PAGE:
Sally Becker Segerson is doing the best that one woman can to provide Fort Wayne’s homeless population.

The Fort Wayne philanthropist has been running her Street Reach for the Homeless service for about the last eight years, and the program continues to run strong, handing out much-needed clothes, make-shift shelters and food to those who are most needy in Fort Wayne.

But she said her program is about more than just giving out some gloves, tents and hearty meals – it’s really about seeing the homeless as fellow humans.

“A lot of times,” she said, “people focus on the fact that they’re homeless, and not on the person.”

About twice a week, Segerson goes out into the community to give away several items the homeless likely need, she said. Those folks usually will find out about where she’ll be by checking her Facebook page, where Segerson will post the latest congregation spot.

Sadly, she can’t publicize the give-away spots more widely, because some people will come to gawk or make fun of the people she’s helping, an unfortunate occurrence she’s had to deal with in the past.

The program began in the winter of 2011, according to Segerson, when she noticed a group of homeless people who had “fallen between the cracks.” So she began going out to several spots around town to give away much-needed items to the homeless population.

And then, when she was out bringing supplies to a group of homeless men, a light bulb went off.

“One day,” she said, “I was out talking to a couple of the guys, and I said, ‘What if I came to you, instead of you coming to me?’”

To help, Segerson’s program will give the people just about anything they need, from boots, to tents to sleep in, to hand warmers, to gloves, to comforters for the long, cold, winter nights.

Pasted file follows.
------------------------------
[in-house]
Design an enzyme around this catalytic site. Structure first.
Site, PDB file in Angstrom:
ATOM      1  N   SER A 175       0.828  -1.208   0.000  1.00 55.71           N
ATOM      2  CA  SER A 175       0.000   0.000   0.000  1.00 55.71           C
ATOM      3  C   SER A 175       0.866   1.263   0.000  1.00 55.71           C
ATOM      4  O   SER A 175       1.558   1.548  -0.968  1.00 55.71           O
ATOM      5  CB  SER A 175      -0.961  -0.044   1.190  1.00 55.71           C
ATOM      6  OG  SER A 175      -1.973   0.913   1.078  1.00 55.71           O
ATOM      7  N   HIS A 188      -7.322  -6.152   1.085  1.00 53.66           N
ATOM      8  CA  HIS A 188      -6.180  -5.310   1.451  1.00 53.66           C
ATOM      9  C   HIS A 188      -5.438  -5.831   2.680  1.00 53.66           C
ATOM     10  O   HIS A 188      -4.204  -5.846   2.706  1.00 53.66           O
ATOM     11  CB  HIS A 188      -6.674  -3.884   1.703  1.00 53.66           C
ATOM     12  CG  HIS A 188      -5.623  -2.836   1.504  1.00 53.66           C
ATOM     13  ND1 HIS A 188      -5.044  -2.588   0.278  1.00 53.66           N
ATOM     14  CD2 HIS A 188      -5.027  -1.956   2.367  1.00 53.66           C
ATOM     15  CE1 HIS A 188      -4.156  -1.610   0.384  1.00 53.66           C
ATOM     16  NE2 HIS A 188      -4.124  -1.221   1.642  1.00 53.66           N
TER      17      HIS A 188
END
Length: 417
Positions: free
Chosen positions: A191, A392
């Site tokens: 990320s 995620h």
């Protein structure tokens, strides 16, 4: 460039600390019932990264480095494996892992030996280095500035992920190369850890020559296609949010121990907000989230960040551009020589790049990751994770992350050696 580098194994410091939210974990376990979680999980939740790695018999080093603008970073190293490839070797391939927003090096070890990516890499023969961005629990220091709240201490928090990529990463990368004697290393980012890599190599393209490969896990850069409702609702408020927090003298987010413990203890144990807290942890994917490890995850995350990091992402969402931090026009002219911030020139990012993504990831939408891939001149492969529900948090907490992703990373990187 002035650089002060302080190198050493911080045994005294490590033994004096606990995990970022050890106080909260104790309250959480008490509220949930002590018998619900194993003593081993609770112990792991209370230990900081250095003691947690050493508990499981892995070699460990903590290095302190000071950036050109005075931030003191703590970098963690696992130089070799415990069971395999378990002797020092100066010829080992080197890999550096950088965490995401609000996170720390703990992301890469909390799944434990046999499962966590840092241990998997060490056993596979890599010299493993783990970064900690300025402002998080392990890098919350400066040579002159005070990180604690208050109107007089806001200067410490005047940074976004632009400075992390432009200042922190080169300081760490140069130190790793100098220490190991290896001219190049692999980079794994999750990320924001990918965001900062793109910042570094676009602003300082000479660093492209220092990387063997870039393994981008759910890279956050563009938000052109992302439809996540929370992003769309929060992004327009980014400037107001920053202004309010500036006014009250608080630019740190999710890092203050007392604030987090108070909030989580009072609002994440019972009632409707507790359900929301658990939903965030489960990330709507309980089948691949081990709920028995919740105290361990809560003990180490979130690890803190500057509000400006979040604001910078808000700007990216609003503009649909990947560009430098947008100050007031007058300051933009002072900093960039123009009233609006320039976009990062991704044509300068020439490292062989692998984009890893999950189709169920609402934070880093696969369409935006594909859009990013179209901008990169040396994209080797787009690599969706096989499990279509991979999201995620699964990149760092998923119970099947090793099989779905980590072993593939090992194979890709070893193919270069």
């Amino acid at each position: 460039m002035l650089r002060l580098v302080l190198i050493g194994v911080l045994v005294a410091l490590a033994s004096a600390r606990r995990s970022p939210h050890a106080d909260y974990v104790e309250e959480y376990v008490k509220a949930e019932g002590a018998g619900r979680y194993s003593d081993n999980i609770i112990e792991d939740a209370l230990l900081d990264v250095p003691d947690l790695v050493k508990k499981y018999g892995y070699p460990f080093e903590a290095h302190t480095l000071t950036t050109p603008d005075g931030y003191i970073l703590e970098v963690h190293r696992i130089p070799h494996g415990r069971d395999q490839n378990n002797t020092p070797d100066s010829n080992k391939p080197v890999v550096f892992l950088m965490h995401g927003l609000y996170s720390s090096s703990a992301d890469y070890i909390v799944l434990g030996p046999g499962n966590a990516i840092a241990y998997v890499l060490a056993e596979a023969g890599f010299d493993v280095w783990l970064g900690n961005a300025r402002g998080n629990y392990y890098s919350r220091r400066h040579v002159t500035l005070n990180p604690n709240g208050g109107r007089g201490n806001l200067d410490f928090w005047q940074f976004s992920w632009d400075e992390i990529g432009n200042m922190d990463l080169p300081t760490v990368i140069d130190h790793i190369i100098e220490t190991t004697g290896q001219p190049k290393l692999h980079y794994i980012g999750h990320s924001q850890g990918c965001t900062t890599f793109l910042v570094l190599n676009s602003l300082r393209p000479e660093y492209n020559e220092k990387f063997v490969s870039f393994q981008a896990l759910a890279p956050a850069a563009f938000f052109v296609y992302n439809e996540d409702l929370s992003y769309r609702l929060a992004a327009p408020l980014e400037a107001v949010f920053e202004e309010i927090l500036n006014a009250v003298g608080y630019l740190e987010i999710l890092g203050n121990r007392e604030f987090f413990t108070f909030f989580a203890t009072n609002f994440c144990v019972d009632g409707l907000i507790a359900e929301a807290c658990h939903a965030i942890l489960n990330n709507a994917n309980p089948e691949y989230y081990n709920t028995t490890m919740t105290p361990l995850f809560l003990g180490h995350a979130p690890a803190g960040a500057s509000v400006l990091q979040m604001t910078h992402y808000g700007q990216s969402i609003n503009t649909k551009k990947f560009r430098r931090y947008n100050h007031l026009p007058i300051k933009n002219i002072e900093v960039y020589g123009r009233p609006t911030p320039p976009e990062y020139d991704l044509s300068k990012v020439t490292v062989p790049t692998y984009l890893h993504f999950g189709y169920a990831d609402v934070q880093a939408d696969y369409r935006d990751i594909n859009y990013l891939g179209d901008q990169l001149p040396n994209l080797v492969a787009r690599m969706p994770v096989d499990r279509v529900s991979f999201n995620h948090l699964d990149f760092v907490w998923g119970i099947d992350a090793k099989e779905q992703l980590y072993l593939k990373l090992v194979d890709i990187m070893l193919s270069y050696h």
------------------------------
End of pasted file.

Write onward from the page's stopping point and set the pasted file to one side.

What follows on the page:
She also offers the homeless folks warm meals, if they’d like one. “That’s why I call it ‘Dinner and Duds,’” Segerson said.

A recent meal served to folks downtown included a hot entrée (this time it was chicken and dumplings and mashed potatoes, an optional side (corn bread, green bean casserole, macaroni salad, potato salad), and chocolate pudding for desert. Often, Segerson said, she’ll also hand out $5 gift cards for local fast-food restaurants, as well.

Segerson said she’ll continue doing this until the problem is solved, and added, “As the years have gone by, I’ve seen the issues, and have become a vocal advocate as I vow to make a difference. Across this country, we have people out there who are the most at-risk, the most humble of our homeless, who are simply falling between the cracks. In Fort Wayne, Indiana, they are my neighbors. They are human beings. They matter each and every day and night and they deserve our attention.”

“On the streets,” she continued, “I will stay as long as they stay, as long as ‘housing first’ is not the standard in this city and I can stay no longer. To this day, I say this is a God-led, God-protected street ministry, and I’m honored to be there under the stars with these precious men, women and families.”

Those wishing to donate to Segerson’s cause can contact her through the group’s Facebook page, “Street Reach for the Homeless” or drop off gently-used clothing or non-perishable food items at Pembroke Bakery in the Auer Building, 303 E. Main Street, at Self-Image, located at 4646 N. Jefferson Blvd., or at Evolve Spa, 4930 Illinois Road.

Michael Morrissey
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Michael Morrissey

Michael is a professional writer and journalist. He attended South Side High School and Northwestern University. He has written for newspapers in Michigan City, Indiana; Pekin, Illinois; and Bradenton, Florida. He also has written for and edited websites in Florida and San Francisco, California. > Read Full Biography > More Articles Written By This Writer